Objective: To investigate the association of simple obesity measures (BMI, WC and WHR) with insulin secretion in obese subjects with normal glucose metabolism (NGM), prediabetes, and T2DM.

Research Design and Methods: 848 obese patients were recruited and divided into three groups (428 NGM, 248 prediabetes, and 172 T2DM). BMI, WC, and WHR were obtained. Insulin secretion was described by three beta cell function indices (HOMA-β, ΔI30/ΔG30 and AUCI60-120). Pearson correlation analysis and multiple linear regression analysis were used. In addition, 284 subjects estimated their body fat by dual x-ray absorptiometry. The joint relationship between obesity measures, body fat and insulin secretion were studied.

Results: As glucose metabolism spectrum changed from NGM to prediabetes and to T2DM, the correlation between WHR and insulin secretion declined (from r=0.286**, r=0.081, r=0.2** to r=-0.012, r=-0.072, r=-0.074 and to r=-0.173*, r=-0.175*, r=-0.171*; *P < 0.05, **P < 0.01). In contrast, BMI and WC showed a consistent association with insulin secretion (r>0). Similar relevant reversal was only found in female subjects. There were significant interactions of WHR and glucose status on insulin secretion in female subjects, in this adjusted model, WHR was associated with higher insulin secretion in NGM group (1.19±0.23**, 0.58±0.32, 0.82±0.26**) and lower in T2DM group (-0.77±0.34*, -1.78±0.47**, -1.36±0.39), not prediabetes (0.15±0.27, 0.08±0.38, 0.28±0.31). Adding HOMA-IR to the core model can increase the inverse associations. Elevated limb fat to trunk fat ratio had significantly lower insulin secretion levels, and the relationship between this fat ratio and WHR was considerably strong in female.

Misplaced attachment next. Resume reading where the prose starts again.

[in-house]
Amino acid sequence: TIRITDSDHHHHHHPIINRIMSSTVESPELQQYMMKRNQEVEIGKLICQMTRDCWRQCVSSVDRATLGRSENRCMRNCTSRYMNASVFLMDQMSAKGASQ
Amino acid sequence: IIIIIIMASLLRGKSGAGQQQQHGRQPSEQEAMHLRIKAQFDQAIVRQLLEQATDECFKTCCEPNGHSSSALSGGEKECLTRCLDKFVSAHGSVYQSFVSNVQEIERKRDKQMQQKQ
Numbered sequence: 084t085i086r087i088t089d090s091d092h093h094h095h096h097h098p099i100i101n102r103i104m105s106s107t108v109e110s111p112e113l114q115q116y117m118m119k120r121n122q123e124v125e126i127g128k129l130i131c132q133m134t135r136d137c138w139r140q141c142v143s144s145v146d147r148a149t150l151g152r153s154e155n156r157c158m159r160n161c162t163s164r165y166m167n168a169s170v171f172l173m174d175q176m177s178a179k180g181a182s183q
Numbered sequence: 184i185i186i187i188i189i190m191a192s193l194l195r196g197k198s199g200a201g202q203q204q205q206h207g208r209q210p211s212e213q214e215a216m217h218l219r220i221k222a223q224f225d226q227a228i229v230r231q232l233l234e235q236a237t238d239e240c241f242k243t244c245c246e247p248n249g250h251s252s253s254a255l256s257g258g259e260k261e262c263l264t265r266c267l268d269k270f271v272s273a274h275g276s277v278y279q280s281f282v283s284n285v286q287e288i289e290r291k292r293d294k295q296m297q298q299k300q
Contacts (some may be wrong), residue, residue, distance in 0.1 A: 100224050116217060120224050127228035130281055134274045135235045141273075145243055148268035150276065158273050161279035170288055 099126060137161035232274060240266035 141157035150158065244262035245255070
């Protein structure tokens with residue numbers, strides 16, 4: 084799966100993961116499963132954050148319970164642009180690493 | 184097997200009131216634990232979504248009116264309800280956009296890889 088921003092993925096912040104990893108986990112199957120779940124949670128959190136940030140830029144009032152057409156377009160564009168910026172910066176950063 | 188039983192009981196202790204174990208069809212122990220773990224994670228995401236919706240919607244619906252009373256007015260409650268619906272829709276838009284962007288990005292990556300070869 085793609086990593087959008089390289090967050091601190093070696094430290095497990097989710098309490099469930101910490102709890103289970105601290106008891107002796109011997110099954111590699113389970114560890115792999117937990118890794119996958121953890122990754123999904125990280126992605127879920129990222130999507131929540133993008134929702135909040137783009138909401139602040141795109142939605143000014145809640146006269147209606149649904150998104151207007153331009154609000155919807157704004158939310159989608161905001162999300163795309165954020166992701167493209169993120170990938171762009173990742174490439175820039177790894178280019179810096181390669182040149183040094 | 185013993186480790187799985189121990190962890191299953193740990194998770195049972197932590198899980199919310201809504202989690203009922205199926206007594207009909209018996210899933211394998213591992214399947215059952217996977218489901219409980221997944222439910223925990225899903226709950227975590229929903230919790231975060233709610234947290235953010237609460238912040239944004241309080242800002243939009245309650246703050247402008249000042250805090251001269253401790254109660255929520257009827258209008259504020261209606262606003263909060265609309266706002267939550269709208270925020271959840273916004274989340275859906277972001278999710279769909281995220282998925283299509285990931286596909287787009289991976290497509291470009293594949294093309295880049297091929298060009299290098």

Conclusions: WHR and insulin secretion relationship is dependent on glucose status among obese women. As diabetes developed, higher WHR revealed lower insulin secretion, which may be attributed to more fat distributed in extremities.


J. Wu: None. B. Wang: None.

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